Shock Doctrine

Posted: April 6, 2014
By: Clay Cerny

David Sirota of Pando Daily has written an excellent article on Chicago mayor Rahm Emanuel and his plan to “reform” pensions for public workers. According to Sirota, the city has not made its share of contributions to pension funds for the last 14 years. At the same time it has built up TIF (Sirota calls them “slush”) funds that could have covered a good part or all of the missing pension contributions. I urge you to read this article because, as Sirota says, this is not a problem unique to Chicago. Across the U.S., political leaders of both parties are claiming pension funds are in crisis. What they almost never discuss is how the crisis came to be and who should be responsible. The rule of our time seems to be: Workers must pay, so the rich and their government representatives can play.

 

Posted: February 5, 2014
By: Clay Cerny

Yesterday the big story was that 2.5 million workers could drop out of the labor market because of the Affordable Care Act (ACA, a.k.a., Obamacare).  This story is another example of craven politics and lazy reporting.  The 2.5 million people cited are currently employed.  Most would be replaced by their employers, so job loss would be minimal.  Some of those leaving employers will start businesses of their own, which will create jobs.  No reporters asked the simple questions.  They like the big numbers and bad news.  The political opponents of the ACA will use any number to claim the bill does not work.  These are the same people – conservative Republicans – who oppose any measure that helps working people: unemployment benefits, increased minimum wage, government-sponsored jobs, high speed rail, and green jobs. Based on my experience with Blue Cross Blue Shield and how busy that company seems to be, the ACA is generating jobs.  Beware of falling for scary stories that make no sense.  Those who want to control working people want to keep us afraid and uninformed.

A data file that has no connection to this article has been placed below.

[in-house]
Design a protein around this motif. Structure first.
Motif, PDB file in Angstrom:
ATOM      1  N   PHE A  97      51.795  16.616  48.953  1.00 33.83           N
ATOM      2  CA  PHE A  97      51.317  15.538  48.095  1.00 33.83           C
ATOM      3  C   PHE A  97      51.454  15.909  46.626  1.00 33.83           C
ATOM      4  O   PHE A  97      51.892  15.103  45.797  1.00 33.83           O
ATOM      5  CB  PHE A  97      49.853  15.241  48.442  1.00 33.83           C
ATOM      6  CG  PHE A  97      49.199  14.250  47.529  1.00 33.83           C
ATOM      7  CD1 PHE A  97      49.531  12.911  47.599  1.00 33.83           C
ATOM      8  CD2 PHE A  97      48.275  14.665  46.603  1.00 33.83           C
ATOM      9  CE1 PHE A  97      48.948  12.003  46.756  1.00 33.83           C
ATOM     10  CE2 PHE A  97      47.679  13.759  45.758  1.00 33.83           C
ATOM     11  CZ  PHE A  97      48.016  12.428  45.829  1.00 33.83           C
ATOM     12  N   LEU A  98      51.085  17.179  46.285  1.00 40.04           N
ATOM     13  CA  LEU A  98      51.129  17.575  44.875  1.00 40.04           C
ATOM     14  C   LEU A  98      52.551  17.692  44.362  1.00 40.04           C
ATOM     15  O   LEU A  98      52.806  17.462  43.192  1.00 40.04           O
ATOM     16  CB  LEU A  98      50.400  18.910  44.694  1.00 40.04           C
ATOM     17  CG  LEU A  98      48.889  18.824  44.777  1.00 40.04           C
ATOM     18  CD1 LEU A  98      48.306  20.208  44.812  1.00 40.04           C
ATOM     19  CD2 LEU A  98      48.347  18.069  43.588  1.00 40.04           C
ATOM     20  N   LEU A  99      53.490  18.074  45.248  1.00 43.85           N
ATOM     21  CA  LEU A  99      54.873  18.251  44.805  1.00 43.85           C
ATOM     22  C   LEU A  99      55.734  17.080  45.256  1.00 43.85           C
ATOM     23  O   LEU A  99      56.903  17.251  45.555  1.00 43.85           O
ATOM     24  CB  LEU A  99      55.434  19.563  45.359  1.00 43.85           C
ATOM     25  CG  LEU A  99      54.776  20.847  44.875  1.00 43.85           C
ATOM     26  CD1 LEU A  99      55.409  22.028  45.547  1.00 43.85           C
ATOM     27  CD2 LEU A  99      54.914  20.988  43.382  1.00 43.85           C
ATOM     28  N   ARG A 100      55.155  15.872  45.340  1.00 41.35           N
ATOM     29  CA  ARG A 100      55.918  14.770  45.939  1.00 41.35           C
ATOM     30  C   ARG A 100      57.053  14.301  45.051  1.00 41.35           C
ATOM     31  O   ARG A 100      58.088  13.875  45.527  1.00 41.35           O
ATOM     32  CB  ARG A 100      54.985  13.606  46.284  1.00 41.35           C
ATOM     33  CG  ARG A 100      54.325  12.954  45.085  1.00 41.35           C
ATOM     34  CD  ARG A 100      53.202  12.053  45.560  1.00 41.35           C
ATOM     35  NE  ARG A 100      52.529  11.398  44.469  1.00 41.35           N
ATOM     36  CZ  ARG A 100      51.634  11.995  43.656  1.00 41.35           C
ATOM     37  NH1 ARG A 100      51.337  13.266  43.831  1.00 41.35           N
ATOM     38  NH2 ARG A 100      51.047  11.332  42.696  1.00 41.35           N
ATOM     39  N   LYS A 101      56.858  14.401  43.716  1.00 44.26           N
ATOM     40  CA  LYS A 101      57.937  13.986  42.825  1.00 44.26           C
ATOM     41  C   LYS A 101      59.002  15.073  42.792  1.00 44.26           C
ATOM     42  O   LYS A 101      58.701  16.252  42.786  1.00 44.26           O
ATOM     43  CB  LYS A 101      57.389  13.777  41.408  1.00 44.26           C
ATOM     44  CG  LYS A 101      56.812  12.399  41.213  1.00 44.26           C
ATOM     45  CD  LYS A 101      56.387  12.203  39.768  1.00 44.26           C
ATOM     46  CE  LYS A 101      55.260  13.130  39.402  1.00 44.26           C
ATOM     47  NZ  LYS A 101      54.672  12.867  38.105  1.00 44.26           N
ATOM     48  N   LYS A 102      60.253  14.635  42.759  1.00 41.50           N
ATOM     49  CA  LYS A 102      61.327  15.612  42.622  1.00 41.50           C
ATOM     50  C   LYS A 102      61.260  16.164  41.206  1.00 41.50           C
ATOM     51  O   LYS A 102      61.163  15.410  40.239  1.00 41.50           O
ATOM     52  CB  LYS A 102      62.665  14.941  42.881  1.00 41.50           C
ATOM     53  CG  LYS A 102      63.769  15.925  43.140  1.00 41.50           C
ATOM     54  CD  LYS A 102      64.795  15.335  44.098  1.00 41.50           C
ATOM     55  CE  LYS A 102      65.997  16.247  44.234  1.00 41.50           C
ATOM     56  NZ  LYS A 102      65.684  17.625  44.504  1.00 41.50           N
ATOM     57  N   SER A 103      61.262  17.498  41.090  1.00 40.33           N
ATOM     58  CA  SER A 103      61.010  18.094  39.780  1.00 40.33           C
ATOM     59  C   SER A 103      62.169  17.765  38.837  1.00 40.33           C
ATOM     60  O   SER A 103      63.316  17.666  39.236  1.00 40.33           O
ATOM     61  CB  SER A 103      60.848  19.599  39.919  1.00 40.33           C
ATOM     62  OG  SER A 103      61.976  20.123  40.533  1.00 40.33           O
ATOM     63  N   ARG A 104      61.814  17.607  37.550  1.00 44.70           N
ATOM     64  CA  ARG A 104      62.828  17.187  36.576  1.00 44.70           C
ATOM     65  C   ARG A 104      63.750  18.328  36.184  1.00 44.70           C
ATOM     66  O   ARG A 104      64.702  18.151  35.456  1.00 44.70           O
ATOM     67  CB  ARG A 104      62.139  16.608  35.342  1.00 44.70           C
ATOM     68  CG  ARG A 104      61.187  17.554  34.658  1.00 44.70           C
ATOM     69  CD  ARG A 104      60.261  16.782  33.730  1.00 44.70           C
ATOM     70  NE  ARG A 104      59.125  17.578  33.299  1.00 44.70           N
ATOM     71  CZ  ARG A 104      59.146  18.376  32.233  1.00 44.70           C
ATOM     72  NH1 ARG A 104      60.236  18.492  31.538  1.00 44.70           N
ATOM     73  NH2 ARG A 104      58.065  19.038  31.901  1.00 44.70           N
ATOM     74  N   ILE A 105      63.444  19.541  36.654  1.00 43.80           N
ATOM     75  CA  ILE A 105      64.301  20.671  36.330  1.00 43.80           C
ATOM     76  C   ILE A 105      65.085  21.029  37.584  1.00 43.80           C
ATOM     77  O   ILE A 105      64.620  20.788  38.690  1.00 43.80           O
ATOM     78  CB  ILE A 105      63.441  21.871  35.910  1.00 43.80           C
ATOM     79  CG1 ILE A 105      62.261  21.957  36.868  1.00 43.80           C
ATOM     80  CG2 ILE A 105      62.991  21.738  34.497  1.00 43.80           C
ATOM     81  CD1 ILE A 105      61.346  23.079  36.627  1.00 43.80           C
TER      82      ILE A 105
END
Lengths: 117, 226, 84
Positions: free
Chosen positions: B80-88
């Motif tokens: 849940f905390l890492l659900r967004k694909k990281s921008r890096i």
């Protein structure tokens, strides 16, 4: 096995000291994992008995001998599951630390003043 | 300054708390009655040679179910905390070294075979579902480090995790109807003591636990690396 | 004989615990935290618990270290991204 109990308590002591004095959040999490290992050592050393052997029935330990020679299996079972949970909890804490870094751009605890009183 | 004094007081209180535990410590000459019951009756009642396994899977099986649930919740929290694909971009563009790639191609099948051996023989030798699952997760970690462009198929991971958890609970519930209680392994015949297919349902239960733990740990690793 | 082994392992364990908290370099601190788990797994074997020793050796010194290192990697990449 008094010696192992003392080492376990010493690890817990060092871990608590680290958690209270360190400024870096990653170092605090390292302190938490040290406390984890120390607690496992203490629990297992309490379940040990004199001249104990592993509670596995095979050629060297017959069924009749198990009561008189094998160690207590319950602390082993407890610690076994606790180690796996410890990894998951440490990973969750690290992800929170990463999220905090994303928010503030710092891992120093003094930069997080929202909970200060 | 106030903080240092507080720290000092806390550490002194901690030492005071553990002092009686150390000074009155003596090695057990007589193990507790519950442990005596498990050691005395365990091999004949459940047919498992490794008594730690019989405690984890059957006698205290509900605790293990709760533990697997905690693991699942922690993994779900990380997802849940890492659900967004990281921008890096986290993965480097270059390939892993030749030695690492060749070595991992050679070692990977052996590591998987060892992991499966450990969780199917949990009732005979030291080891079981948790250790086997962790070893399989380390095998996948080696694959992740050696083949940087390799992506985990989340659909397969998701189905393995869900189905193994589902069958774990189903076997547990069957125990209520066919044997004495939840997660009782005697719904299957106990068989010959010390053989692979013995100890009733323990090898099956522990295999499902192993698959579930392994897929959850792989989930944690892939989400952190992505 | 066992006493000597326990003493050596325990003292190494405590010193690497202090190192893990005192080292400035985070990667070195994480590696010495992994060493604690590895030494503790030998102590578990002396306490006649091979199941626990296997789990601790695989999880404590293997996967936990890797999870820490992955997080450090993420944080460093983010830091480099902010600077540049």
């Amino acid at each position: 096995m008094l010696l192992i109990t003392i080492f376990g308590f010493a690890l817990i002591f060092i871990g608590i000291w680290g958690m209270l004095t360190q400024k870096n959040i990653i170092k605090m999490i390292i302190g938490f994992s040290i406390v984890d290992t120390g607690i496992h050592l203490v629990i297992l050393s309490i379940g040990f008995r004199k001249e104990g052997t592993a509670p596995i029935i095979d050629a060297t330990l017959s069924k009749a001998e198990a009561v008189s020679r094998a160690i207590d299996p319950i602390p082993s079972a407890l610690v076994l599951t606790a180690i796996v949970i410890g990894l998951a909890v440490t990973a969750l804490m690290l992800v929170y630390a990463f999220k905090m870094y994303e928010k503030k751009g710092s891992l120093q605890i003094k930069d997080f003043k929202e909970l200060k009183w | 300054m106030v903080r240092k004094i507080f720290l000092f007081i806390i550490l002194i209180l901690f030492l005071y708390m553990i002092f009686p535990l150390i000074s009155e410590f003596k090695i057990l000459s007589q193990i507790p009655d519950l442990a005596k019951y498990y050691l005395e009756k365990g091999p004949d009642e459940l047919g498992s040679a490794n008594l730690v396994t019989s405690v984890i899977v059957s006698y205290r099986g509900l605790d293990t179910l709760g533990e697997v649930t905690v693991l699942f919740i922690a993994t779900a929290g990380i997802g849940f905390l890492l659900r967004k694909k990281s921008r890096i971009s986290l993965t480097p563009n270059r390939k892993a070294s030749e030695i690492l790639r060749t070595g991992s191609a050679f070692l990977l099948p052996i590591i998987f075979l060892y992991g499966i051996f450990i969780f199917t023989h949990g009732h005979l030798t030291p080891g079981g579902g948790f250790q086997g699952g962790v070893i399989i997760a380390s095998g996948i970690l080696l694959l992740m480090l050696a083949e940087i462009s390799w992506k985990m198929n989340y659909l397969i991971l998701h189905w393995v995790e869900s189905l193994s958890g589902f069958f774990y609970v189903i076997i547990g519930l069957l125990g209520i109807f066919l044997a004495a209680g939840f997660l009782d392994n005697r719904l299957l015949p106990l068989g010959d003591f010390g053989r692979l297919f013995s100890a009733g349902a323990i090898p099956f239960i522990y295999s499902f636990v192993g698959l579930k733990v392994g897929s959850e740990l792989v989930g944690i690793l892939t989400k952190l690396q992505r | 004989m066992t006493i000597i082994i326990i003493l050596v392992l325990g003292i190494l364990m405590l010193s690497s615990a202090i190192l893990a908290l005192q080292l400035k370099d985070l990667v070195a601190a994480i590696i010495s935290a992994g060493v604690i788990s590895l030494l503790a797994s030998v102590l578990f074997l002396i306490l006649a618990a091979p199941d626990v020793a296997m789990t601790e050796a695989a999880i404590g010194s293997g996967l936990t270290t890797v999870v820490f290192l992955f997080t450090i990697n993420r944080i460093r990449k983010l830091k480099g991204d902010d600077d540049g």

Daily Kos explodes the lies that the mainstream media missed.

Posted: August 6, 2013
By: Clay Cerny

I’m on a mailing list from the Chicago Teachers Union, which is a great source of information not heard in the corporate media.  Today, I received the following analysis by Kenzo Shibata, the union’s New Media Coordinator:

“Why do Mayor Rahm Emanuel, the Chicago Board of Education and Chicago Public Schools officials blame Springfield for the district’s budget woes? Why is the target of their concern being shifted to state legislators? It polls well but makes little sense. Let’s examine why.

FACT: The Illinois General Assembly has provided Chicago Public Schools with every opportunity to make their budget work by giving the district a 13-year break from paying pensions. FACT: The district has failed to lobby for a more equitable funding formula, search for new revenue streams or reform programs like TIF that could work better for school districts and redevelopment.

FACT: The city and the Chicago Board of Education’s answers to the revenue crisis have been to cut, and this year, the cuts will have a devastating impact on classrooms across the city.

FACT: Pensions are NOT the problem.

The problem is a pronounced lack of leadership from the mayor and his handpicked Board of Education.

The state legislature, beginning in 1995, provided CPS with the tools to plug its budget issues and time find new revenue streams and reform the TIF program. The timeline looks like this: